The freelance market has grown considerably in recent years. Here are ten top tips on writing an effective freelance CV and how to maximise your chances during an interview.
  1. Include a personal profile at the start of the CV. This should explain what you are, a brief description of your key skills and an indication of the kind of role you are looking for. The profile is your 5 seconds to grab the reader's attention.
  2. Focus on achievements. Employers want evidence that you are good at your job, for example, you could write: 'Responsible for selling products to corporate clients'. An alternative and more powerful way of writing this would be: 'Responsible for business development resulting in a 20 per cent increase in corporate sales exceeding annual sales targets by over £15,000.'
  3. Don't get hung up on sticking to a certain number of pages. Up to three pages is fine for a more senior level person.
  4. Use powerful words and statements rather than passive terminology. For example: 'Through effective issues management, reduced a critical issues backlog from 289 queries to minimal levels within only two months'. How much more powerful is that opposed to: 'Responsible for reducing an issues back-log'.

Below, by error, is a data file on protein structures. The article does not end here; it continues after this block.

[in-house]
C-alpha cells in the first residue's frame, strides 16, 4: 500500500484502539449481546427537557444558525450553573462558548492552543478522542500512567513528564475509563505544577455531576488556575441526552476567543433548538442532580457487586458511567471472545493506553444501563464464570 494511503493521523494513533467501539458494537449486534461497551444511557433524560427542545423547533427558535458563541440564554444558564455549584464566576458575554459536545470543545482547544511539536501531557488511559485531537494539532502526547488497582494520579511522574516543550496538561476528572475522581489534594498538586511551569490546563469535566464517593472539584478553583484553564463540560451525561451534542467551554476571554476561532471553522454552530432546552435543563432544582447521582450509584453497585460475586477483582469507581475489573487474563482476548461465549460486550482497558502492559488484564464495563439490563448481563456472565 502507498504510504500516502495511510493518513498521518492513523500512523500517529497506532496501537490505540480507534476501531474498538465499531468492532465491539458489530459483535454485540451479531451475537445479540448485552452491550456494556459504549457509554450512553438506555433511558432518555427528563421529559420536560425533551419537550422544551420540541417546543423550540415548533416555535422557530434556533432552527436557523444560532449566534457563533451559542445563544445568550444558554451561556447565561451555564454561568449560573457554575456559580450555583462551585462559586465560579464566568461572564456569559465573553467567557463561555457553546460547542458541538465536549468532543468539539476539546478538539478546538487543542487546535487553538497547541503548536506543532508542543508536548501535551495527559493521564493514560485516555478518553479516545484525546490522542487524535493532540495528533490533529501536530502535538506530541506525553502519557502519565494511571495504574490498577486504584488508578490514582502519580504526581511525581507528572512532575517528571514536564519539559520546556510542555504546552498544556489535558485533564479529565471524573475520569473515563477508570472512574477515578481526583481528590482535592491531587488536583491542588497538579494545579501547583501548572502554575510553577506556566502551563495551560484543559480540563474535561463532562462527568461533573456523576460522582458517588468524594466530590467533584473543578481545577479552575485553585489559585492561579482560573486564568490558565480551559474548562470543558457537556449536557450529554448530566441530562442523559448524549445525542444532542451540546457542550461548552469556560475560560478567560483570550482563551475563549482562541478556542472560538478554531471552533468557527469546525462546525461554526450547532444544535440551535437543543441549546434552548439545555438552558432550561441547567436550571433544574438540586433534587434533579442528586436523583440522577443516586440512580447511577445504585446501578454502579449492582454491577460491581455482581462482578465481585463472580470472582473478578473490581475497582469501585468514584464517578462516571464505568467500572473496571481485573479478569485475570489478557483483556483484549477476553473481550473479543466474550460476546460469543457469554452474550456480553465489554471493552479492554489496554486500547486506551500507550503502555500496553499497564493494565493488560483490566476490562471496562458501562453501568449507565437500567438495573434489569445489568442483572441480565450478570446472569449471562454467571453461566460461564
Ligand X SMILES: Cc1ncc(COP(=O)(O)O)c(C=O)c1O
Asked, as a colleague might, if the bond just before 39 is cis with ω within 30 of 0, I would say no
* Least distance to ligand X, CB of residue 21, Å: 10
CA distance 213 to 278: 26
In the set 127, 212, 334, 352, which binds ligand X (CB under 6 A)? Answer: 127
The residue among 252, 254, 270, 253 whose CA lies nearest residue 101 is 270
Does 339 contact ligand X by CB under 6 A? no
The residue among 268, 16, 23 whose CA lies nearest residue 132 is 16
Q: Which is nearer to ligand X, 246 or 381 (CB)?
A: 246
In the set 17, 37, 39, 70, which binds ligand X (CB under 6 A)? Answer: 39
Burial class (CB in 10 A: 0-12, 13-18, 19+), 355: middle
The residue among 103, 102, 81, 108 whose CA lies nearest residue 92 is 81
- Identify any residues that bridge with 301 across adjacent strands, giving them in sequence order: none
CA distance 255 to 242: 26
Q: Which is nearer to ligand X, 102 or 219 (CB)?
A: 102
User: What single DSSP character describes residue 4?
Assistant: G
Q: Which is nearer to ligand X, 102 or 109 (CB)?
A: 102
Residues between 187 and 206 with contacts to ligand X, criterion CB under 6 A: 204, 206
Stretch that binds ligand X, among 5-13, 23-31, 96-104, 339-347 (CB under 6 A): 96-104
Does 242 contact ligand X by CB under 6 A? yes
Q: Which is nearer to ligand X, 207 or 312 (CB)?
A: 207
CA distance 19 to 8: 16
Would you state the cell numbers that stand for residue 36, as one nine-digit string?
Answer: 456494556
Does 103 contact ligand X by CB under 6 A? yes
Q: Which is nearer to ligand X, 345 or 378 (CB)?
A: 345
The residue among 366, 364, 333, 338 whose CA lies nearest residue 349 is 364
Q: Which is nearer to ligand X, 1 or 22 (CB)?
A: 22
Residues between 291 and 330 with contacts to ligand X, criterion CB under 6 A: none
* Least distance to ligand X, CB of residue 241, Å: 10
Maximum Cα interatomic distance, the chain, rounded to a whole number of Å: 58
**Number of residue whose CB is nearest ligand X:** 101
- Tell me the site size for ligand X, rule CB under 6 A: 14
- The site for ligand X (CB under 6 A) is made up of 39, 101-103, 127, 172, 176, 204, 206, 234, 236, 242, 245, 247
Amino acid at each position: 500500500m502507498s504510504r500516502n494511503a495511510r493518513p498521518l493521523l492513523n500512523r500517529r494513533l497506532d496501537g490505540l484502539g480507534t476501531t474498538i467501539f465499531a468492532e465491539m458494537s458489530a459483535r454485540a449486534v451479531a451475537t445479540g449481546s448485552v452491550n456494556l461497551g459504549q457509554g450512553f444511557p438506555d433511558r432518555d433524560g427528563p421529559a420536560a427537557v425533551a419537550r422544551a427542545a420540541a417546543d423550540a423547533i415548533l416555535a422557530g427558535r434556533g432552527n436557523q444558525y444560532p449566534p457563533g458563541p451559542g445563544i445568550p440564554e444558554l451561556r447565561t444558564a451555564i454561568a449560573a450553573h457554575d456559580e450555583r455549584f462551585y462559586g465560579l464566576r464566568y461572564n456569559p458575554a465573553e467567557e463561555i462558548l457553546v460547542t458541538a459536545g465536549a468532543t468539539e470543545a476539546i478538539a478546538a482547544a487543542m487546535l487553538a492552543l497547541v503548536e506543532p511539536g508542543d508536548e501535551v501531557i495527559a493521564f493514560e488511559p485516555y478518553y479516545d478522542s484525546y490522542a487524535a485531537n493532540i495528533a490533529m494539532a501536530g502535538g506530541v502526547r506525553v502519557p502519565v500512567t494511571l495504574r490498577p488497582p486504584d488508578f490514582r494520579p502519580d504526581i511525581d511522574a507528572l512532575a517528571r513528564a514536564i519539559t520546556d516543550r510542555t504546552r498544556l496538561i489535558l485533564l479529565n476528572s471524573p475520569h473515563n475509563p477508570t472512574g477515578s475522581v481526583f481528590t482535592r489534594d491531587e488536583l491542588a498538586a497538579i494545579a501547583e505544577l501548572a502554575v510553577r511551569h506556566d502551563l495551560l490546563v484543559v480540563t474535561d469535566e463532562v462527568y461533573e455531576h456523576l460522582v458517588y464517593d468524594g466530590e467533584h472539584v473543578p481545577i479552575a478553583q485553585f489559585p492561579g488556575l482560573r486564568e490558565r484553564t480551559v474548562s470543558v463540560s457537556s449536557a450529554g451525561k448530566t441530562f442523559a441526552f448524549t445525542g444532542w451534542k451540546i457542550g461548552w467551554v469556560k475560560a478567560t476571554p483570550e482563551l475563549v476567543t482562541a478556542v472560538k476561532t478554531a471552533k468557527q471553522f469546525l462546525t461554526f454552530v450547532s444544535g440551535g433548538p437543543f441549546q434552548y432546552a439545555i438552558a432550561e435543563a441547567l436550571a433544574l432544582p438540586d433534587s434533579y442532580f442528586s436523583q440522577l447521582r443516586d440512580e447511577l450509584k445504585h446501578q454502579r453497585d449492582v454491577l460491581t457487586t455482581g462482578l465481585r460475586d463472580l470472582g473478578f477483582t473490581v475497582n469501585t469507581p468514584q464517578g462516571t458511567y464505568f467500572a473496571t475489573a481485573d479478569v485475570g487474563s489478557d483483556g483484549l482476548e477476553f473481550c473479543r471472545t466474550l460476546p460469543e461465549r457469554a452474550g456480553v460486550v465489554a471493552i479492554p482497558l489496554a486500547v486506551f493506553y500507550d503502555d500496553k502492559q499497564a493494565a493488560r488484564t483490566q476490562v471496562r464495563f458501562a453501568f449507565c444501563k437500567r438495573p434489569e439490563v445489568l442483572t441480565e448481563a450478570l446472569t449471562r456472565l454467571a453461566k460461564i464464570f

5. Avoid using 'I'. This will prevent you from sounding boastful. By writing a CV in the third person you can be more robust in expressing achievements and skills.
  6. Don't be modest. A CV is a sales document and should be written in such a way.
  7. Stick to quality plain white paper and don't be too fancy with fonts or layout.

Once the interview has been secured:

  1. Approach an interview as a sales call. Rather than discussing your strengths and weaknesses, sell your features and benefits.
  2. At interview, use specific examples of assignments you have carried out for similar clients in the past that match what is being asked of you for this specific role.
  3. Close the sale. This may sound strange but an interview is a sales call. Ask the interviewer if they have any reservations about your suitability for the role. It gives the interviewer a chance to raise a concern that can be easily cleared up there and then.

Matt Craven runs the CV & Interview Advisors company a partner of the PCG